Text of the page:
To fix common pet problems like aggression and anxiety, we need to examine our own behaviour first, according to a pet communication expert.
Dexter, my six-year-old Tibetan spaniel was suffering from frequent separation anxiety when I brought him to see animal expert Simonne Lee at her Sydney apartment last month.
Through in-depth questioning, Simonne soon established that it was the chaotic way that I was leaving the house which was making him tense.
She asked me to demonstrate how I’d rush out the door, forget my wallet, then race back in again and slam the door as I ran to make the train.
Dexter was reading this frantic movement as alarming and then he’d be left alone to deal with the chaotic energy long after I was at work.
“If you left your wife that way, she’d be stressed, she’d be calling you on the phone,” Simonne explained.
“He’s getting anxious because you’re getting anxious and he doesn’t understand the story that’s going through your head.
“All he knows is there is stress, there is anxious energy and I need to be concerned.”
Parents leaving their children at daycare for the first time often creates a similar outcome, Simonne added.
“You need to leave in one movement,” she said.
“Not like: good boy, you’re okay, we’ll back back later this afternoon - because what you’re doing is negative reinforcement.
“Basically, it’s training you to be stronger and happier as you’re leaving.”
Alignment of energy is key to pet communication, expert says
Because pets are dependent on us for their food, water and walks, we are their world, Simonne explained.
When our cats, dogs, guinea pigs and rabbits search for clues as to how to interact with us, they can often read our mood before we know how we’re feeling ourselves.
For that reason it’s important for pet owners not to be multitasking when they engage with their pets, because if our words and our emotions aren’t aligned it will confuse them.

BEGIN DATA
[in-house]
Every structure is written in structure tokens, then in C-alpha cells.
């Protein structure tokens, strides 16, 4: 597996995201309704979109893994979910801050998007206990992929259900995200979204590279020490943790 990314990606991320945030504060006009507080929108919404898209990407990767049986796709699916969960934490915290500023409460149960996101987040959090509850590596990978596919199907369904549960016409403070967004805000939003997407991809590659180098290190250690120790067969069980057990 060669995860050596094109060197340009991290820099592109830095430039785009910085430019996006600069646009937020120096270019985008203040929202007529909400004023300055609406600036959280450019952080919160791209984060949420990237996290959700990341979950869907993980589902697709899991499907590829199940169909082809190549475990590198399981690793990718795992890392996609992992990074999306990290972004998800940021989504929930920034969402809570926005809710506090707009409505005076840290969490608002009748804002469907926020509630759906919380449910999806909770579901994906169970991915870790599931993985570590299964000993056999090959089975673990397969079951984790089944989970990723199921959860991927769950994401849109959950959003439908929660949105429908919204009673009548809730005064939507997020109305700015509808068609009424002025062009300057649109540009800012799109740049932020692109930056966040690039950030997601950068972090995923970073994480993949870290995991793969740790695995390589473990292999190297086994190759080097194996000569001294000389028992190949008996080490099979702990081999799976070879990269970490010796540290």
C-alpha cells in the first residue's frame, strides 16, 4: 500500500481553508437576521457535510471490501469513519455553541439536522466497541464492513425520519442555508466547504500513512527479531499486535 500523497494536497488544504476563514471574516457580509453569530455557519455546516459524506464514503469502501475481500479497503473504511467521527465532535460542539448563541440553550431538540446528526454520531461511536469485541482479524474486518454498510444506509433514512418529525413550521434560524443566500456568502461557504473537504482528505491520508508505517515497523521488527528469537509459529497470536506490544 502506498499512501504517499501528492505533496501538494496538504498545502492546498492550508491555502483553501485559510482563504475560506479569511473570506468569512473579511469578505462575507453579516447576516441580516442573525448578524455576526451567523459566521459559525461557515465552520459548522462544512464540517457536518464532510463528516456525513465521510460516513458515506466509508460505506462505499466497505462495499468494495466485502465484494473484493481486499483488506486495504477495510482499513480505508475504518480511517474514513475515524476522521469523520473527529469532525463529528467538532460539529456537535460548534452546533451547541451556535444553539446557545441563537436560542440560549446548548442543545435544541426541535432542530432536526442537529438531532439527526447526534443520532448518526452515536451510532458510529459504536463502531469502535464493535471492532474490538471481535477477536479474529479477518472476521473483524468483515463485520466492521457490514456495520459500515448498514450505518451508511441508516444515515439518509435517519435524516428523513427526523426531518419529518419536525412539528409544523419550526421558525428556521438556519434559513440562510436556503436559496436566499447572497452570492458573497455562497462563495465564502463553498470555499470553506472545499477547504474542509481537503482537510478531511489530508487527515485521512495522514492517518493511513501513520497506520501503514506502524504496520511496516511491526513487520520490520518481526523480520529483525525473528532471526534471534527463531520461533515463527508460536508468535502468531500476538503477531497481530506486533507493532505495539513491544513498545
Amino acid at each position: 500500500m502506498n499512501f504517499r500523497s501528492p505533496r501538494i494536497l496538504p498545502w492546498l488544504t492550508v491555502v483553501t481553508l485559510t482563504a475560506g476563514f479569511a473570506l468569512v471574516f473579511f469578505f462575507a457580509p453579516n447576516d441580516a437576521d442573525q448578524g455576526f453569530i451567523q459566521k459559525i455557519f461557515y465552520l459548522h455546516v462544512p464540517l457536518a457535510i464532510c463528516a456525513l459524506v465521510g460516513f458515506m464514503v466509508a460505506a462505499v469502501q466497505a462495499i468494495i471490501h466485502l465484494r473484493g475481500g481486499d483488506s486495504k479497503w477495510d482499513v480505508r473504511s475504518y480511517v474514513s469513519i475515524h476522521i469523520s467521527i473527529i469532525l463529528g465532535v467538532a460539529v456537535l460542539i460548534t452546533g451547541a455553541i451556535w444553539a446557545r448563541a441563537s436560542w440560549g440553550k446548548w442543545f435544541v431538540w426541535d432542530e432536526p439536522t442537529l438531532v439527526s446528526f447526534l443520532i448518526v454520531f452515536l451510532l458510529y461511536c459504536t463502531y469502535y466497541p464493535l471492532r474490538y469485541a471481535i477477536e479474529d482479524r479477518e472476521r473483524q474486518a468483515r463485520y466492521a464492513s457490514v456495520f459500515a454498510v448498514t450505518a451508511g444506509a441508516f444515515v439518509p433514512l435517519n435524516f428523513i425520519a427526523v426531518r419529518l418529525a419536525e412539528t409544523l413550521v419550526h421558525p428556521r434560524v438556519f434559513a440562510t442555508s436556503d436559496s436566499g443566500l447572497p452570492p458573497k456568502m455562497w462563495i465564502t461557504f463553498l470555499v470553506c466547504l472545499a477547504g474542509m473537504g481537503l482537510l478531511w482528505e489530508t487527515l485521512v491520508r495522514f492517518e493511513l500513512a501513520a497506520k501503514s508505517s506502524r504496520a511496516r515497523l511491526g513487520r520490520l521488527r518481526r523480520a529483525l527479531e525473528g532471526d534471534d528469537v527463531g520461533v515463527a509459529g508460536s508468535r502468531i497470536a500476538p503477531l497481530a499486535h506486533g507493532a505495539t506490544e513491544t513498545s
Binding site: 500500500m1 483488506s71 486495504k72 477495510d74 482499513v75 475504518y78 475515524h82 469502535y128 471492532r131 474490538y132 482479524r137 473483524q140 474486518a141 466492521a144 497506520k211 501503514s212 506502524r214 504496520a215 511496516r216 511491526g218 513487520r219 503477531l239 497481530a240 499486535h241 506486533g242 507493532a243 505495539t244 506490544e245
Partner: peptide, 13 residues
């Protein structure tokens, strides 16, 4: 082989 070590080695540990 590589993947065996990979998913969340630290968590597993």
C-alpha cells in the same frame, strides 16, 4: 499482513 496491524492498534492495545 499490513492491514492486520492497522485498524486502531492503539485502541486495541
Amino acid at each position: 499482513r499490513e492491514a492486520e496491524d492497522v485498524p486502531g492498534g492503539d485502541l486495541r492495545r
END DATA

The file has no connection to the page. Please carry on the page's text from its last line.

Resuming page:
“Animal communication is just purely energy, and once you understand how to work with energy, utilise energy and send messages back and forth it changes everything,” Simonne said.
Speaking to your pet the same way you would speak to a five-year-old child is the best way to start, according to Simonne.
She suggests saying a phrase like “I love you” to begin because that will cause your heart to swell as you say it.
Pet communicator explains situation to Dexter the dog
Most children don’t question to their ability speak to animals, Simonne believes, and she’s never stopped.
After pointing out my behavioural problems, Simonne shifted her attention to Dexter.
Using a soft, calm voice, she beckoned him over and sat him on her lap.
She listened as Dexter explained that he hates being left alone.
“I don’t know what to do with myself,” Dexter said via Simonne's translation.
Slowly and carefully, she explains to him that he doesn’t need to worry.
“You know how important you are to the family?” Simonne said.
“They love coming home to you, and if by chance you’re left home alone, you have a very important job to do all by yourself.
“Your job is to keep the place nice and calm and relaxed.”
Three weeks on from our visit Dexter no longer frets when I leave the house.
I'm no longer taking my phone with me on our walks either, so I can focus my energy on him, and this has improved our relationship and made us even closer.
Learning to align my words and feelings when I speak to him has made me clearer in my own thoughts, and even improved my communication with the other people in my life.
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